Strong Women

P1080612_Fotor This morning, as Shanara and Abby and I walked through the back forty, I began pondering. This, of course, is nothing new. It’s what I do when I walk and I wouldn’t change it for the world.

It all started when I considered the email I sent to Simon this morning. mentioning that I couldn’t wait until I was in his arms again. I thought about what that would feel like – like home. being in his arms feels safe, warm, loving and completely right.

That led my mind to a cartoon I’ve seen on Facebook several times: a woman sitting up in bed looking a bit pissed as she says that all she wants is someone to love her and take care of her and then, oops, she remembers that she’s a strong, independent woman. Oh shit!

Here’s where I’m going with this: do these two thoughts have to be mutually exclusive – wanting to snuggle into a man’s arms and feeling utterly protected while still being a strong woman? Do we have to entirely lose our gender roles in order to achieve respect and equality? I’m going to argue that we do not.

I can only speak for myself, but I know that I love being a woman. With Simon, I feel feminine, pretty (even beautiful), loved and safe. I love how I feel when I am with him: one hundred per cent female. But with Simon I also feel respected and equal. It is not unfeminine to wield a hammer or unmanly to do the dishes.

I recognize that I am strong and independent. I know that I can put in a full day’s work and be good at anything I set my mind to. There are some jobs that I can’t do because I don’t have the strength required. That doesn’t bother me one bit, just as it doesn’t disturb me that I can’t fly a spacecraft because I don’t have the training. I recognize and celebrate my strengths – so does Simon, just as I celebrate his talents and abilities.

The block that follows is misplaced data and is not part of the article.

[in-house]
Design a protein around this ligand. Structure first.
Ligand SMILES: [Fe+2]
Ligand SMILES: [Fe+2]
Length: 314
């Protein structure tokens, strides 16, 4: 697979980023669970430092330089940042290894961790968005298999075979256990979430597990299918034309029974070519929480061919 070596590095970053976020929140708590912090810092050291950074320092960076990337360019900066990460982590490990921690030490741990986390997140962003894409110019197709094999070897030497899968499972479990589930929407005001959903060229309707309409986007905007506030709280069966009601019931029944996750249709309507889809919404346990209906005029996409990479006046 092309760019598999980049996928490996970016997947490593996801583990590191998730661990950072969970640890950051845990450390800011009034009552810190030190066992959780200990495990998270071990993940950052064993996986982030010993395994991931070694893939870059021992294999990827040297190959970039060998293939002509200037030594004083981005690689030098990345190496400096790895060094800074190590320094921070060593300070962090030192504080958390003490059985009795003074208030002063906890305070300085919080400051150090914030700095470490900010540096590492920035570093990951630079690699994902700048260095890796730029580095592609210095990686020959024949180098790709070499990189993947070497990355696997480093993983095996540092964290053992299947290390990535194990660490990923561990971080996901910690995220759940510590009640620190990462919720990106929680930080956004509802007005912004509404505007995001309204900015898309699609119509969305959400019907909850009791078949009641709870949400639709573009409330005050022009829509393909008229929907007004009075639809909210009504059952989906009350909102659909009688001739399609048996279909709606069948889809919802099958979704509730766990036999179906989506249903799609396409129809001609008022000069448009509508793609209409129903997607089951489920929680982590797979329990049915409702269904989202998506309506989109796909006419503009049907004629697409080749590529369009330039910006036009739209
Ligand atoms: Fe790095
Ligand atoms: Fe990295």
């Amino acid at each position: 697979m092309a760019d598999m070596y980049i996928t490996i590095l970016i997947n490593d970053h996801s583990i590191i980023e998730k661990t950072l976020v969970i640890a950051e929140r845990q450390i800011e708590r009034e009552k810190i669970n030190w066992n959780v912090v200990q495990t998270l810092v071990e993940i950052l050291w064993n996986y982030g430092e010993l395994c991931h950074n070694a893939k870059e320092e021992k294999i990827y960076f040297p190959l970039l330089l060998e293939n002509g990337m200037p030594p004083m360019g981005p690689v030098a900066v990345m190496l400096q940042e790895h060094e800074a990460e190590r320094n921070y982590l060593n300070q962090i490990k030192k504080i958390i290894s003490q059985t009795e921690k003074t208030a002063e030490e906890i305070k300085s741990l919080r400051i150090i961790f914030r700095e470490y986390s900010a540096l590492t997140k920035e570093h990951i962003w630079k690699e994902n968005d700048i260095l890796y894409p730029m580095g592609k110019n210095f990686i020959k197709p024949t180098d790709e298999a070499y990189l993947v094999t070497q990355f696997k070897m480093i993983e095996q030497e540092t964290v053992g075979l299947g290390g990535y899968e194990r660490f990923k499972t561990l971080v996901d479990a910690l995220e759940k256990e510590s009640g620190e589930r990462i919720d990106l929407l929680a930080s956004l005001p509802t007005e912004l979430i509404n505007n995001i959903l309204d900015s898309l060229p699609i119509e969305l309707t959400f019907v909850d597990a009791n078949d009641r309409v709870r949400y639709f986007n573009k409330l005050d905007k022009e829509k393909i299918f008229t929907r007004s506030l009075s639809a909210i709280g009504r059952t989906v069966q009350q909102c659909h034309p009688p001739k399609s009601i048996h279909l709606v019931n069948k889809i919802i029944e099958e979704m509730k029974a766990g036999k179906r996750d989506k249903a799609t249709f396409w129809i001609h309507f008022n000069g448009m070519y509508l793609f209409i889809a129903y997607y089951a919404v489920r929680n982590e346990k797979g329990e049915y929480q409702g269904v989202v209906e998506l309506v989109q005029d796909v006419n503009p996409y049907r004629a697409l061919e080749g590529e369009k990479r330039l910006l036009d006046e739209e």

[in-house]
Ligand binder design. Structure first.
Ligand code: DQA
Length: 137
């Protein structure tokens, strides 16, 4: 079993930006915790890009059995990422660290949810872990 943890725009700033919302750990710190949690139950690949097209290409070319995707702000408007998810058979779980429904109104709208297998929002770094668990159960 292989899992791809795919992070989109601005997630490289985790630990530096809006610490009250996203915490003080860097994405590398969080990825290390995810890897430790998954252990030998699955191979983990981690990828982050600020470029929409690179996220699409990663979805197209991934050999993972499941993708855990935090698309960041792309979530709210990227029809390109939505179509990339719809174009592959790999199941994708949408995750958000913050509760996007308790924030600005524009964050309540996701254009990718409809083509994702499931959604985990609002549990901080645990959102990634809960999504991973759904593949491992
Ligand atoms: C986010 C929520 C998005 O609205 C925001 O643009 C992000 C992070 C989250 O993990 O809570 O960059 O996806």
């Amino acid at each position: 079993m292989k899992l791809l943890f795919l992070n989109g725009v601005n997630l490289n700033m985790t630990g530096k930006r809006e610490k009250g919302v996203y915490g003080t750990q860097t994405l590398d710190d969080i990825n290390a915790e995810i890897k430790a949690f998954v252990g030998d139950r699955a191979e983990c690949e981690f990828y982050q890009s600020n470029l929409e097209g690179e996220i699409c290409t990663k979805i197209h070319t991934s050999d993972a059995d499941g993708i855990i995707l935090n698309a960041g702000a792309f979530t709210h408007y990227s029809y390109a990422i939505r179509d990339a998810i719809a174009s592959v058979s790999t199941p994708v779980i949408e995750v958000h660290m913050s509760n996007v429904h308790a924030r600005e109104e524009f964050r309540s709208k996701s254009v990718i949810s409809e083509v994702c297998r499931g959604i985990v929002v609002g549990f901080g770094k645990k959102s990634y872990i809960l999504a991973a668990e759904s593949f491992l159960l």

I believe it takes strength (and courage) to be all of who we are: not just the strong, courageous bits. Sometimes I will want support. I may even want to be cared for. When I had a fierce cold some months ago, Simon looked after me with great tenderness, and I did not for one minute believe that I was abdicating any part of my independence. When Simon needs my care, I will do the same. His tenderness and gentleness – his vulnerability and his ability to express his emotions make him more of a man.

I used to believe that being strong meant I had to do everything on my own (like the woman in the cartoon). I had to be tough. I did not allow myself to cry – way too girly. Besides, when I cried I was accused of being manipulative. I learned to hide my emotions.

I believe that we can be strong, gentle, kind, vulnerable, loving, independent and interdependent all at the same time. Perhaps that is what real strength is about – embracing all of who we are and not being afraid to be all of who we are.

And so, I will snuggle into Simon’s embrace and feel love and give love and receive love and know that we are both strong people who are unafraid to be in love and to show it.

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